By on February 10, 2013

So venerably ubiquitous was the VW Beetle, I wondered for a while whether the sighting of this particular example constituted as something special enough to qualify for another “fifteen minutes of fame”, here on the Bodacious Beaters page.

Here in the SoCal area, for many years after the end of the sales line, the Beetle just kept finding a way to stay in the spotlight.

Initially, many kept them around purely for utility, then the customizing craze got traction, then the restoration angle became popular.

With the sighting of this one, I started to appreciate that maybe things have come around full-circle. That is, people are using them as beaters again—although the emphasis these days has to be on vintage funkiness, and a little less on utility. The passing of years, combined with the previously noted customization era, has no doubt contributed to the attrition of original, fairly stock units; making this mid-sixties example a worthy sighting after all.

I didn’t get to go over it with a fine-toothed comb, but it did appear to be an older restoration; the owner is now over over-paying homage to the Perfection Gods, and getting down to enjoying the car for what it did—and does—best: knocking about town in a low-key and economical fashion.

The license plate mod is typical of what owners were doing to their Bugs back when such informally cavalier freedom of expression was the order of the day. You’d rarely get hassled for such expression by the local authorities, either.

We’ve come a long way, baby—but it’s all right now to re-live that period by such Bodaciously Beaten “touchstones”.

Phil has written features and columns for a number of automotive periodicals and web-based information companies. He has run a successful Auto Repair Business in the past for many years (See “Memoirs of an Independent Repair Shop Owner” on this ttac site). He can be contacted through this very site, or http://www.linkedin.com/

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18 Comments on “BODACIOUS BEATERS and road-going derelicts: BUG ME...”


  • avatar
    MrWhopee

    I don’t know if you can say such an example of the once ubiquitous Beetle a ‘beater’. More like a well loved, well cared for example, I think. A car that old, especially if driven daily, must take some caring and attention to stay in such a good shape.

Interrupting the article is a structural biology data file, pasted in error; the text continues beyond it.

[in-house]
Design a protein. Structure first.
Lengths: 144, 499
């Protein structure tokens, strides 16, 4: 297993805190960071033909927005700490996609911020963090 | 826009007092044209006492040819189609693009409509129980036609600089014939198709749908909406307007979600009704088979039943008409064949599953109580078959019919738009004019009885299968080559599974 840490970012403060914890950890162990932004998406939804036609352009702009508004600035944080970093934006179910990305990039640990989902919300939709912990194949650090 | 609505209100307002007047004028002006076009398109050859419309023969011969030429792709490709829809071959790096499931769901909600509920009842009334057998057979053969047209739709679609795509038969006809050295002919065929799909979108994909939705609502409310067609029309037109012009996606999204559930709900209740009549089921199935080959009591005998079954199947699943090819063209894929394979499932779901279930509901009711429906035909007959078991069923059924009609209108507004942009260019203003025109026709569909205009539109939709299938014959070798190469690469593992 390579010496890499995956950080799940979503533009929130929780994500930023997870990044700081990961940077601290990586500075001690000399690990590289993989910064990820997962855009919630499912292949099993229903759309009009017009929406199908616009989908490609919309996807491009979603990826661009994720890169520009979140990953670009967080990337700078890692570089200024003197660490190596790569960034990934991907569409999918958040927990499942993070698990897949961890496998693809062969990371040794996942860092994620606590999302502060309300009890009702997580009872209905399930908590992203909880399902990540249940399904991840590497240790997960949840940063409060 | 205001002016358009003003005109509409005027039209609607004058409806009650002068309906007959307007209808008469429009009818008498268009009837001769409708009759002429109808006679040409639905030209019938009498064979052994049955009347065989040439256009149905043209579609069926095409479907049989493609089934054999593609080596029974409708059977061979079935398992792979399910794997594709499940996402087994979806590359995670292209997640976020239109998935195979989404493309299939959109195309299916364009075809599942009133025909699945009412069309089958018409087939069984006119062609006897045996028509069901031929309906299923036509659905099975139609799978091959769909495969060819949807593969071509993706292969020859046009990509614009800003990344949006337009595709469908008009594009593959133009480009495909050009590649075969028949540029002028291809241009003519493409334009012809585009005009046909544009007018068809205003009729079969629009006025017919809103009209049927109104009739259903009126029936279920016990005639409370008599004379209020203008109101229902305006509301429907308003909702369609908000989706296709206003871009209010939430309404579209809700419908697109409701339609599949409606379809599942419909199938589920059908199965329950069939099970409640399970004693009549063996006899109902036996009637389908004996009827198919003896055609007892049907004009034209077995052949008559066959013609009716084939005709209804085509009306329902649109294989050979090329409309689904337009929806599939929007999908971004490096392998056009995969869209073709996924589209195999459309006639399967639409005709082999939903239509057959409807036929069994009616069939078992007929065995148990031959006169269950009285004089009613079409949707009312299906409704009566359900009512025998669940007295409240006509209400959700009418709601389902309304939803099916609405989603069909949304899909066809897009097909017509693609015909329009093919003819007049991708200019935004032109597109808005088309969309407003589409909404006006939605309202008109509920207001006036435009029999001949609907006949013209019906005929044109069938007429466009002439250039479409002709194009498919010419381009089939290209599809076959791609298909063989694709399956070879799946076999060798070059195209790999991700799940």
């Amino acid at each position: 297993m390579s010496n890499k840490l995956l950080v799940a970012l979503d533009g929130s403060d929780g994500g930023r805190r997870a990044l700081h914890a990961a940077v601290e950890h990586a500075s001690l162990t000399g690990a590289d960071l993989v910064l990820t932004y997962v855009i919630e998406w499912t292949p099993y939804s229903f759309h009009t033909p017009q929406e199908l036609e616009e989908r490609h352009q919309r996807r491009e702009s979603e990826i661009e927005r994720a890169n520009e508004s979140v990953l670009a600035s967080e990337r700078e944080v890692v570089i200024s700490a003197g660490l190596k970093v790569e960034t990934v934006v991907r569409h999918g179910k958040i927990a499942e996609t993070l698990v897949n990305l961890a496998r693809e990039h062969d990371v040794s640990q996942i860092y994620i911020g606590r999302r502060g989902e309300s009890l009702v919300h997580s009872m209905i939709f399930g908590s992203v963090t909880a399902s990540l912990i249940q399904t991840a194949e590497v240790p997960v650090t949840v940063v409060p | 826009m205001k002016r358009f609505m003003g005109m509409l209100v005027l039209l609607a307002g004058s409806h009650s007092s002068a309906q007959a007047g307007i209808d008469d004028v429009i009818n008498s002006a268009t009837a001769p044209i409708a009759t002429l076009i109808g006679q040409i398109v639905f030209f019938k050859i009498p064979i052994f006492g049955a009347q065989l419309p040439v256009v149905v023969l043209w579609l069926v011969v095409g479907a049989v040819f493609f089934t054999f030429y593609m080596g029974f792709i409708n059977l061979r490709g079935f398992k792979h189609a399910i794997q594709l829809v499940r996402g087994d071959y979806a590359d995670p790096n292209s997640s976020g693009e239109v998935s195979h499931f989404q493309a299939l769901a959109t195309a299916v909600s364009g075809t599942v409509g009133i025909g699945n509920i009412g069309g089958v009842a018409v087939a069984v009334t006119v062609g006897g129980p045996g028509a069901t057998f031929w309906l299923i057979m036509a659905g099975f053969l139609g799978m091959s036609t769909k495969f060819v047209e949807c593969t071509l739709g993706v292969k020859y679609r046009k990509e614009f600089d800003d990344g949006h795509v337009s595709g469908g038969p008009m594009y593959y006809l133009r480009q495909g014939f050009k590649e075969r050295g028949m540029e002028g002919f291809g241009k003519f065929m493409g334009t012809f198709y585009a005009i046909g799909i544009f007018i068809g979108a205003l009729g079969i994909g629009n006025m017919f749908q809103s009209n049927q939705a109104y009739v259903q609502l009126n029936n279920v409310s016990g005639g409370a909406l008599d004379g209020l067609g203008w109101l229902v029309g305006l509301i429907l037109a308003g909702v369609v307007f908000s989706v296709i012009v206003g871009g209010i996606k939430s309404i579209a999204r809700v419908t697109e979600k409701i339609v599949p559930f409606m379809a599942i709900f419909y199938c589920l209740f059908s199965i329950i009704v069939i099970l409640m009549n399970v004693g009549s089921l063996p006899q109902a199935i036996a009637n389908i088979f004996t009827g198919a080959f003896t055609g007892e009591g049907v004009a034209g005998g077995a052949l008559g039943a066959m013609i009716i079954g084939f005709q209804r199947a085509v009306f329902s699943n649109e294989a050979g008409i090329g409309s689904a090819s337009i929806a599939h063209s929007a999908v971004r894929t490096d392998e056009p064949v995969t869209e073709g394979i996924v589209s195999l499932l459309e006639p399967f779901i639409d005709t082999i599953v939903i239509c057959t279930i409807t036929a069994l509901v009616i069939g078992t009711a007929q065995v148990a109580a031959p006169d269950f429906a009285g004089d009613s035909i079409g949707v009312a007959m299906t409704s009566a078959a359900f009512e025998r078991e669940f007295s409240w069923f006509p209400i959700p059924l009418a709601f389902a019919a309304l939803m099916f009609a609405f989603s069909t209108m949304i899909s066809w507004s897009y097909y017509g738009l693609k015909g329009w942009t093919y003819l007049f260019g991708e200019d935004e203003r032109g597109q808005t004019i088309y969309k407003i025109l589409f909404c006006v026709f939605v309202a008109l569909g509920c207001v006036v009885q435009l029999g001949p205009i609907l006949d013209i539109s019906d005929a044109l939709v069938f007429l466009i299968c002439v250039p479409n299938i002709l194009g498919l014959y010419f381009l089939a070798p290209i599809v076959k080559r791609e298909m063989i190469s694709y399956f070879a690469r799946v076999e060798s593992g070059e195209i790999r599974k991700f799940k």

• 0 avatar
      Phil Coconis

      Sure I can–when I use the word “Bodacious” as a qualifier! There’s lots of room for interpreting the phrase for which this column is partially named (not to mention the implementation of “poetic license” regarding subject matter).
      I applaud this, or any vintage vehicle owner for attempting to procure utility out of them!

      Thanks for the input!

      • 0 avatar
        -Nate

        Many are still using older vehicles as daily transport and work rigs by choice , not necessity ~

        Not so much in the rust belt but elsewhere in America it’s more common than you might think ,especially with older people and those who actually fix thier own vehicles .

        Carry on then .

        -Nate
        Who doesn’t own a modern car

  • avatar
    Jeff Weimer

    The engine cover and signal lights make that a ’67.

    • 0 avatar
      Justice_Gustine

      The modern headlights, older bumpers and slotted steel wheels (the large 5 lug bolt patter is hiding under those flat hubcaps..) all point to a ’67. Though the bumper mounted back up lights are not seen.

      ha ha, this is a carbon copy of my first car, right down to the Savannah Beige paint.

      The Jack-In-The-Box antenna ball confirms it’s existence on the west coast.

      • 0 avatar
        Jeff Weimer

        That was the first year of that engine cover (new ~1500cc engine) and the last year for the taillights. ’68 had the integrated backup lights and the shape changed to a flat bottom. If it were that and the 5-lug wheels, it would be a ’68. ’69 had full IRS and 4-bolt wheels. I believe the front turn signals were larger and more squared off on the ’69, too.